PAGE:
September/October 2006

Educational Software, DLESE, and the Future

A popular computer program for general seismology is Seismic/Eruption, which displays global seismicity (and volcanic activity) over time. Simple to use and easily configurable, it is useful for all levels, from elementary school to graduate seminars. Even rambunctious second graders become mesmerized by the accumulating circles and are quick to recognize the patterns along the plate boundaries. Seismic/Eruption was written by Alan Jones and is available at Jones has developed related programs as well: Seismic-waves, which depicts the progression of seismic waves through the earth; Amaseis, which is widely used by amateur and school seismology programs to collect and display seismic data; and an Eqlocate program. All of the programs are elegant and simple to install on a Windows PC.

Seismic/ Eruption is one example of many educational seismological resources available on the Internet. In fact, finding the perfect resource for a particular lesson becomes painful when confronted with the vast numbers of animations, applets, Web pages, and programs that exist, often ephemerally, in cyberspace. One starting point is DLESE, the Digital Library for Earth System Education (, which is a reviewed collection of online educational resources. DLESE differs from a simple Internet search in that each resource is reviewed, classified, and described. A search of the word “seismology” yielded 48 resources, ranging from “a brief history of seismology” to “make your own seismogram.” Possible search categories include grade level and resource type, so a middle school teacher looking for a lab activity can rapidly refine these 48 possibilities to a manageable number. Reviews range from simple annotations to comprehensive compilations of comments. The listing for “virtual earthquake,” an interactive exercise that demonstrates earthquake location and magnitude estimation (, is accompanied by 49 user comments, an editor’s summary, and a quantitative assessment. DLESE also encourages members of the community to suggest contributions, which are added to a list for review by DLESE collection builders. In this way, a level of quality assurance is provided.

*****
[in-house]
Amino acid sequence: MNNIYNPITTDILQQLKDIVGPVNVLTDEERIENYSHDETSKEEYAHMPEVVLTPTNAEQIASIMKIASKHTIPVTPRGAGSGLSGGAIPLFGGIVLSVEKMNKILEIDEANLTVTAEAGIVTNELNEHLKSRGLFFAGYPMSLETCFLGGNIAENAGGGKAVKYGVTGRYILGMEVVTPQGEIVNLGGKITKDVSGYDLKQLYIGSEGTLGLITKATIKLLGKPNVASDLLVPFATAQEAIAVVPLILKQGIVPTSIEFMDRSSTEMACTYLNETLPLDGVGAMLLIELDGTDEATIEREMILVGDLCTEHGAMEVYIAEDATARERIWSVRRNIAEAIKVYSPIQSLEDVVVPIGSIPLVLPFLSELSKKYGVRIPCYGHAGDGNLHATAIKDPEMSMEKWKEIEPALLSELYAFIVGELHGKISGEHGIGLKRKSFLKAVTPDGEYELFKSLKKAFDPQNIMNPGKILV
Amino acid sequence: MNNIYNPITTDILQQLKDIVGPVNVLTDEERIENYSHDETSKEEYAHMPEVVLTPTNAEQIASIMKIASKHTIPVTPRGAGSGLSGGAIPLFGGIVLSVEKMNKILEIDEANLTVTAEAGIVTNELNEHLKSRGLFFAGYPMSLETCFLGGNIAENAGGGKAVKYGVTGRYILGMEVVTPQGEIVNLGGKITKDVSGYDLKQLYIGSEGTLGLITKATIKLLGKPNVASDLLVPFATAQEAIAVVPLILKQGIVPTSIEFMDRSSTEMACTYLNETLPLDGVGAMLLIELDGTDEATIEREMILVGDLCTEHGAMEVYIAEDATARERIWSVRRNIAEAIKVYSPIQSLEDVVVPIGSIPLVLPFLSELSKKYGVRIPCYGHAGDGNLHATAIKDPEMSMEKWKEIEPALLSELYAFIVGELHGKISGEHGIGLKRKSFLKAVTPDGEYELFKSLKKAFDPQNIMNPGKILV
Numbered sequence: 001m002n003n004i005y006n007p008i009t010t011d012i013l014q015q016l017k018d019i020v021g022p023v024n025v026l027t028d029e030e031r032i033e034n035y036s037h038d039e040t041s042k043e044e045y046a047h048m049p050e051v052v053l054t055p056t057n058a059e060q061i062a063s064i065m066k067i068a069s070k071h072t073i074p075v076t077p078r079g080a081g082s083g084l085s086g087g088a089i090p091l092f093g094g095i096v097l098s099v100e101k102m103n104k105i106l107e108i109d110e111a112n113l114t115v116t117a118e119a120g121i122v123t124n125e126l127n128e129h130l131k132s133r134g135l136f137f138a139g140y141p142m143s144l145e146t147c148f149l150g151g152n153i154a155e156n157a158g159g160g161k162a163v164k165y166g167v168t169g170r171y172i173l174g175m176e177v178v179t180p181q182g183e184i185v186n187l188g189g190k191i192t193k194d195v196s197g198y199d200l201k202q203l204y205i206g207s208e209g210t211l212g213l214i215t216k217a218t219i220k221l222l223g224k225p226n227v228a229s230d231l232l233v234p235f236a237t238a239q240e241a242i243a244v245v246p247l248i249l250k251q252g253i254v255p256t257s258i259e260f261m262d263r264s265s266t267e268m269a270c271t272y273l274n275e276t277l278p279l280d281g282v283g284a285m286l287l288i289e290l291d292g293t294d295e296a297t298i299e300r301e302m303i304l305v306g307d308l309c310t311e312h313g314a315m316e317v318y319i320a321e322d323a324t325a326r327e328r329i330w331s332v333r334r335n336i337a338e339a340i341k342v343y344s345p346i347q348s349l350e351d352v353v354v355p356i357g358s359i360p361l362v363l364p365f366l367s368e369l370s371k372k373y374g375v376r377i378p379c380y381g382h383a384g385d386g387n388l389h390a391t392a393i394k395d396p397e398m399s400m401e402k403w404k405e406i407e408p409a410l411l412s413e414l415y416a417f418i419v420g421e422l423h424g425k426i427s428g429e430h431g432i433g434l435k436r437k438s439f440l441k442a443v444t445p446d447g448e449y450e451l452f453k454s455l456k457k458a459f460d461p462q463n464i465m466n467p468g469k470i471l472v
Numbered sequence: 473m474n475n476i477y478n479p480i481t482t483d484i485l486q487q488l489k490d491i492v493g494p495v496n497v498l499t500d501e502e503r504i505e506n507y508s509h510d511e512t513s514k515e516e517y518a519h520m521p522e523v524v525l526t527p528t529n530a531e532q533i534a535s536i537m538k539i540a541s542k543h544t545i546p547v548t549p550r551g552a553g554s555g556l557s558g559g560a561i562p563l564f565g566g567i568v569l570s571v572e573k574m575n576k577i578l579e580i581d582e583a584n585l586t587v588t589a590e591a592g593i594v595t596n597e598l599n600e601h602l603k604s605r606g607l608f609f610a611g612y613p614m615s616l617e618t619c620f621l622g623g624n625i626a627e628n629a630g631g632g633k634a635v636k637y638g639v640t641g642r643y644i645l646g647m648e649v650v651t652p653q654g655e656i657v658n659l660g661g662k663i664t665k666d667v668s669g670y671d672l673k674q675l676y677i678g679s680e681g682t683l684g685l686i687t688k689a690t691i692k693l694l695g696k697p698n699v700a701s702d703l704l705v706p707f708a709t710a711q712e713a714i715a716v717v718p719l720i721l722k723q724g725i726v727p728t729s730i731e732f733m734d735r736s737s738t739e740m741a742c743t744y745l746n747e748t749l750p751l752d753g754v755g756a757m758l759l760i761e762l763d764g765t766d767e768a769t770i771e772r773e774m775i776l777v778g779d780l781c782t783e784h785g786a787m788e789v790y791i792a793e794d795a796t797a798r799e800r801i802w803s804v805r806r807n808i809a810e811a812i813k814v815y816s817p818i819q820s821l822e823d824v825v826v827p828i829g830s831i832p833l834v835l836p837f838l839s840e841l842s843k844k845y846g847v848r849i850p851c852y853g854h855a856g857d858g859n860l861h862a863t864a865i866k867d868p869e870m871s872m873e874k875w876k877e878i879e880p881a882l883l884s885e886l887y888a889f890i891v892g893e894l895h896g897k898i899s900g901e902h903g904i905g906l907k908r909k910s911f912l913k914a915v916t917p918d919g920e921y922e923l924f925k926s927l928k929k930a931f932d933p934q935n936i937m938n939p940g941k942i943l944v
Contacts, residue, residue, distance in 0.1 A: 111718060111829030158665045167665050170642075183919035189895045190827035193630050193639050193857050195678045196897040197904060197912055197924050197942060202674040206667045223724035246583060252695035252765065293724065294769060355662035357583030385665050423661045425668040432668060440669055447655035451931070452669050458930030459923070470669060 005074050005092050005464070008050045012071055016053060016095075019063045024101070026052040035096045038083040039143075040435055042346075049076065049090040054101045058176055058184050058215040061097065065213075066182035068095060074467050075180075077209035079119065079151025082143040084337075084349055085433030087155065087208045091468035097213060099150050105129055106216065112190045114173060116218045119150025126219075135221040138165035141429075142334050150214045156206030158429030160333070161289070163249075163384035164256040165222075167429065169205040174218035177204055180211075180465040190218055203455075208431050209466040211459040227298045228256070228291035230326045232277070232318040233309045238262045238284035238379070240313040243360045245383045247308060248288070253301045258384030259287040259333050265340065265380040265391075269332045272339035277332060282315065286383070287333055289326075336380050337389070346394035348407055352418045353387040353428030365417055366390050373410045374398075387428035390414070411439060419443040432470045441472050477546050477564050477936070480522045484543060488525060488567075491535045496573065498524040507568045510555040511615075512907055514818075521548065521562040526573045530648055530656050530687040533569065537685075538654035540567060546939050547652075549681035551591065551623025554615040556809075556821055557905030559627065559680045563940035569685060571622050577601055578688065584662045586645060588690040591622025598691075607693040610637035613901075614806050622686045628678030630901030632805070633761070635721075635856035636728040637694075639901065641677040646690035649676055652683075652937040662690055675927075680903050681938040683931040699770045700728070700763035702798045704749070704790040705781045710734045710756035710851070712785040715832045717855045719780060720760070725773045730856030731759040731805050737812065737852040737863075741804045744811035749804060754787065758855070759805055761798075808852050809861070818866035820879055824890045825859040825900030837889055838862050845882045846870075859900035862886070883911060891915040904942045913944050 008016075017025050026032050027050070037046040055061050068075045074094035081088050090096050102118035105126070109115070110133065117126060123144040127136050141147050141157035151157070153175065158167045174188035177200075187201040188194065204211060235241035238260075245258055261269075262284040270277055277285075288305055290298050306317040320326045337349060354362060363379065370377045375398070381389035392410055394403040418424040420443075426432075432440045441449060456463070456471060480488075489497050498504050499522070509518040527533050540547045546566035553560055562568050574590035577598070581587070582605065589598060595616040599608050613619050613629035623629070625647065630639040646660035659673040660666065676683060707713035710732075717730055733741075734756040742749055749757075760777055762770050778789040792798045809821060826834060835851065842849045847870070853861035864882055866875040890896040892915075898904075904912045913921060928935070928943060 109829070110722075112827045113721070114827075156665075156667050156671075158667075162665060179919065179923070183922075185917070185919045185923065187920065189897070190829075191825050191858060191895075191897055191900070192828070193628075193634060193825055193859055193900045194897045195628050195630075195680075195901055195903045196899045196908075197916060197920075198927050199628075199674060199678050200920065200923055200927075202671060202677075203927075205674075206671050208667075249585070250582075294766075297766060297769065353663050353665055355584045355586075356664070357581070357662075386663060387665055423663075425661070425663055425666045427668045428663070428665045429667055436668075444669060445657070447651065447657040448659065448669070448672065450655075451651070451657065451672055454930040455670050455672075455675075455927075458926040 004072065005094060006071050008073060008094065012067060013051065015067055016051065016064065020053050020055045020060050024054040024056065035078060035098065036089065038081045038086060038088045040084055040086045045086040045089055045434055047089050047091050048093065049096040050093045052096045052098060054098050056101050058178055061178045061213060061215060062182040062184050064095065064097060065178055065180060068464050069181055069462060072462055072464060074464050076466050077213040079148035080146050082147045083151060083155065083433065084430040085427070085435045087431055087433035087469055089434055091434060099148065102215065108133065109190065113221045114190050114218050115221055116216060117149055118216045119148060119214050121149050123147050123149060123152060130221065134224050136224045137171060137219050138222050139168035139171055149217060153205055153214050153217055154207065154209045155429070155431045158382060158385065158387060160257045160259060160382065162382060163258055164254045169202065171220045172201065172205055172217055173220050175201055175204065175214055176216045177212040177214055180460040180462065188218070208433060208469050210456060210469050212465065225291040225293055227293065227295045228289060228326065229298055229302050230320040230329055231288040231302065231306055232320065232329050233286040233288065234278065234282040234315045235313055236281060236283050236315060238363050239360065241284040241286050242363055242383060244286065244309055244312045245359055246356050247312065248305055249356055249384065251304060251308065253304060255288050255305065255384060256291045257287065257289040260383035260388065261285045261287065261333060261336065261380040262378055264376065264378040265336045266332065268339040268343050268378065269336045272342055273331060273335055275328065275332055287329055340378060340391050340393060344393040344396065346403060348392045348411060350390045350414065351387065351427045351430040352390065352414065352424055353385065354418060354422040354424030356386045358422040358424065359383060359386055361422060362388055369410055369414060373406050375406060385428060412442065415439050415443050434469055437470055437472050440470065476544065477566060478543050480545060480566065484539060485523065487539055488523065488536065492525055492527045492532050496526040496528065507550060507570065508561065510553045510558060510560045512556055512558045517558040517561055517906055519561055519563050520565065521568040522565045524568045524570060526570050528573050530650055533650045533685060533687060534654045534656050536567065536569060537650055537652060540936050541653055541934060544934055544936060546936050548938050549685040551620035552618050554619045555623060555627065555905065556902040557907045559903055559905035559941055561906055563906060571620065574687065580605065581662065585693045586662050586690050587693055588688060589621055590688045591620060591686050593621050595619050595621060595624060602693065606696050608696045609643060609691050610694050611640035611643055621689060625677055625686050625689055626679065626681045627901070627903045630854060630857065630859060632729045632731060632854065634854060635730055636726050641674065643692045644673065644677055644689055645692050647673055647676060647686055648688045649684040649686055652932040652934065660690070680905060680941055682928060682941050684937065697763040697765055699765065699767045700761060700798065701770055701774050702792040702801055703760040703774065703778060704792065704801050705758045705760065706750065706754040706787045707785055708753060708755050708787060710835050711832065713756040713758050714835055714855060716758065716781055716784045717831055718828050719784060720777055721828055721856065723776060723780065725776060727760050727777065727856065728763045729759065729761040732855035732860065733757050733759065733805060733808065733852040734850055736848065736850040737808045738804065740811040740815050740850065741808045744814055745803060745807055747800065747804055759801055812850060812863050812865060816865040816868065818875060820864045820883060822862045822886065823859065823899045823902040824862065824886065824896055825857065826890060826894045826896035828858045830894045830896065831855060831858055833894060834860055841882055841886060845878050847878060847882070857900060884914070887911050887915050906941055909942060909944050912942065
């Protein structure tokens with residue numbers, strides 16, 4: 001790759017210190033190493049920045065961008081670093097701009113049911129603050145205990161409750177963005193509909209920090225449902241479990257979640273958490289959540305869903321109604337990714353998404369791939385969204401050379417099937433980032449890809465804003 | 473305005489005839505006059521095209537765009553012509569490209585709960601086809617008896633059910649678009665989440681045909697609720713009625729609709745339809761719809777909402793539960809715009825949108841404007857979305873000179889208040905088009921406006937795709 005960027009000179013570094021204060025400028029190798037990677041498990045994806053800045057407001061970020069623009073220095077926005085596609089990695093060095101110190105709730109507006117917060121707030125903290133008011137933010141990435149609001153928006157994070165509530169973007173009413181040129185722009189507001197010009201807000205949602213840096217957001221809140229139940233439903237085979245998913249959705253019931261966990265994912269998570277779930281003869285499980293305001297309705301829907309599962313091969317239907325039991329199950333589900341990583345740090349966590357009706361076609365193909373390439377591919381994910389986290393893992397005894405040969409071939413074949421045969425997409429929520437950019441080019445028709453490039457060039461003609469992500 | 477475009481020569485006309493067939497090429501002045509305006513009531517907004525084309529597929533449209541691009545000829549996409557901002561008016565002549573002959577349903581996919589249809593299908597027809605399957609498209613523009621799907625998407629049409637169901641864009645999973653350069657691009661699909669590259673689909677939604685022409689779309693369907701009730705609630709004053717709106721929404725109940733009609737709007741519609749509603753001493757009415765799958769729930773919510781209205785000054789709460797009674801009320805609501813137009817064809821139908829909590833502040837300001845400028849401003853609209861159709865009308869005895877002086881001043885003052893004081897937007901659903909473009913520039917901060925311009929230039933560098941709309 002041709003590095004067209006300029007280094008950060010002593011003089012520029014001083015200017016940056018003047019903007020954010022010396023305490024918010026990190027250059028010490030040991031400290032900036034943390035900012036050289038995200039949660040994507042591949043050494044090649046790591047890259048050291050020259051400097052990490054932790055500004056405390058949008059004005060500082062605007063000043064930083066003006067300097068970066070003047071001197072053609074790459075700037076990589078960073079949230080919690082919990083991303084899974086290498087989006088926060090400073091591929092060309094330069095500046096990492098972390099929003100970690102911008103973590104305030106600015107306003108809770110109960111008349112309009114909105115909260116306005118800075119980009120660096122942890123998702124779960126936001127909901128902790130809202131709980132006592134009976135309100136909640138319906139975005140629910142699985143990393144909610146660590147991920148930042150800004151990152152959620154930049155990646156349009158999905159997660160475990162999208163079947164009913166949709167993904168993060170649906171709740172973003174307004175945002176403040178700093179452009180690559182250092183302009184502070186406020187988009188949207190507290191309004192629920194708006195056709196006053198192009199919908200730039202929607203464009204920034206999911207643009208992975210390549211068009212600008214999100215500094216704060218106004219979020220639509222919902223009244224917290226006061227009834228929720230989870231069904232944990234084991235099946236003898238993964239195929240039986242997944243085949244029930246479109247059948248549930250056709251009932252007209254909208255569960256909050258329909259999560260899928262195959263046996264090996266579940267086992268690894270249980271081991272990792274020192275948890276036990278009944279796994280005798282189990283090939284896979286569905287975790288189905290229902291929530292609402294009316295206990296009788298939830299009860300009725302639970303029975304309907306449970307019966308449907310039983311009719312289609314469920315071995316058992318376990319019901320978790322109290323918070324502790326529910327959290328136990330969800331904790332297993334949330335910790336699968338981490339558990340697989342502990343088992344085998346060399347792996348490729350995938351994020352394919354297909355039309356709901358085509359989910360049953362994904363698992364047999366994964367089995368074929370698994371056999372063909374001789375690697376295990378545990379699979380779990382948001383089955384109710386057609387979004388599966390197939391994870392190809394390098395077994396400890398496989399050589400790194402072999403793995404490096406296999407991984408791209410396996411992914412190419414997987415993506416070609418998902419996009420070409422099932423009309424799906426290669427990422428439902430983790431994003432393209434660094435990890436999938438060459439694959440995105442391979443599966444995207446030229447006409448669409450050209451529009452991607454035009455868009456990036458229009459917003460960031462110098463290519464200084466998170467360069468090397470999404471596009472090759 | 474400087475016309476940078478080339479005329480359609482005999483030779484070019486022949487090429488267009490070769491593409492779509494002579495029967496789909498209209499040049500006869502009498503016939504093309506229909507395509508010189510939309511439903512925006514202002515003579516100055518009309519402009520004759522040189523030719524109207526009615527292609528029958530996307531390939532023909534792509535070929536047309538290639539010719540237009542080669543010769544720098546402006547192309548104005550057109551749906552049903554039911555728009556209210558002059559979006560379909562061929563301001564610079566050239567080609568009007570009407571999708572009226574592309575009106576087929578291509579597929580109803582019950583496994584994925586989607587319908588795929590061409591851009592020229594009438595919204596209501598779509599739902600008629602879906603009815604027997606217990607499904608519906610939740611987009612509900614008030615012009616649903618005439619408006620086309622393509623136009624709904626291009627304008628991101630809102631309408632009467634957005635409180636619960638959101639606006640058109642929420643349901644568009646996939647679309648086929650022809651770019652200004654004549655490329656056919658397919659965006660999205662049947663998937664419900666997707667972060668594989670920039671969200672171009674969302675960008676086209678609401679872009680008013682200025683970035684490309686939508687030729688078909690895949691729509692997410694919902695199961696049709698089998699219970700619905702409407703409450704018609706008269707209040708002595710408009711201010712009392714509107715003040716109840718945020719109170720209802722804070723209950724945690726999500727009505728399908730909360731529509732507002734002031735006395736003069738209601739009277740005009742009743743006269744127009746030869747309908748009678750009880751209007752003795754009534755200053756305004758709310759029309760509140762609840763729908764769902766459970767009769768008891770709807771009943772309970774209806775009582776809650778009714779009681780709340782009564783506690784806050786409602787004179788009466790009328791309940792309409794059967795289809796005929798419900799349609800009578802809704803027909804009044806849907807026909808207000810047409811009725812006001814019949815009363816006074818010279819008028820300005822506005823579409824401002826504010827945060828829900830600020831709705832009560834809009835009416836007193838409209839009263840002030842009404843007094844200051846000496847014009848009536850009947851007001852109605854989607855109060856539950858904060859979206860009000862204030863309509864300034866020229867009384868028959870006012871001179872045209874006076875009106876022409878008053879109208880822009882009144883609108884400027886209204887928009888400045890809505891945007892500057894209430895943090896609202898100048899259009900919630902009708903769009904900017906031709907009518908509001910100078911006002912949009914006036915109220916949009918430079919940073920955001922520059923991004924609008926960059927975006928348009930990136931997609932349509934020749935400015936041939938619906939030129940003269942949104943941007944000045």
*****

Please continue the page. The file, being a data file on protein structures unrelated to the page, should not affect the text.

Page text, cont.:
But images, text, and animations are so yesterday. The next step is grid computation that allows shared use of software and databases over the Internet. Currently, grid computing is primarily intended for research efforts, but it is equally well-suited for educational use. The primary advantage is that it reduces or eliminates much of the effort required for sophisticated computations such as waveform modeling. Currently, construction of a synthetic seismogram requires a fair amount of work, knowledge, and computational resources. This limits the number of users. But if the process were made simpler, then far more people could benefit. The basic idea (as I see it) is to do for seismic computation what Google Earth did for remote sensing.

An example is the GEON SYNSEIS tool, at It is still in development (with limited access, I think, but a polite e-mail to the developers might help), but I liked it because I managed to find and display seismic data and then create a finite-difference synthetic seismogram with just a few clicks of the mouse. No tedious downloading, installing, or wrestling with formats. An exceptionally useful feature allows users to make movies of propagating seismic waves, which can be useful in undergraduate-level seismology classes. Another distributed effort is the Southern California Earthquake Center (SCEC) OpenSHA software, which allows users to calculate expected intensities for a specified southern California earthquake. For example, OpenSHA will estimate the expected shaking intensity that an M 9.3 earthquake would create next to your house. Both SYNSEIS and OpenSHA are works in progress, but they provide hints of what might be possible in the future.

Seismologists in countries with extremely limited research budgets are an important constituency for online computation. Many of these seismologists live in areas with significant seismic hazard and, although they typically possess a good knowledge of the local geology and velocity structure, they lack the resources to calculate realistic seismograms and ground motions. Combining local knowledge with Web-accessible software could lead to a new generation of accurate ground-motion maps across the globe.

Finally, in the education realm, quick online seismogram calculation is clearly useful for undergraduate and graduate classes but could reach other levels as well. Quite a few schools in the United States and around the world possess seismometers, as well as a small but talented group of amateur seismologists. They use various programs such as USESN in the United States (U.S. Educational Seismology Network,, Eduseis in Europe (, and Quake Trackers in New Zealand ( Once an earthquake is recorded, the next step is to learn about it. Perhaps this type of application may be a trendsetter for the next generation of educational software.

Rob Mellors
San Diego State University
rmellors [at]




Posted: 31 August 2006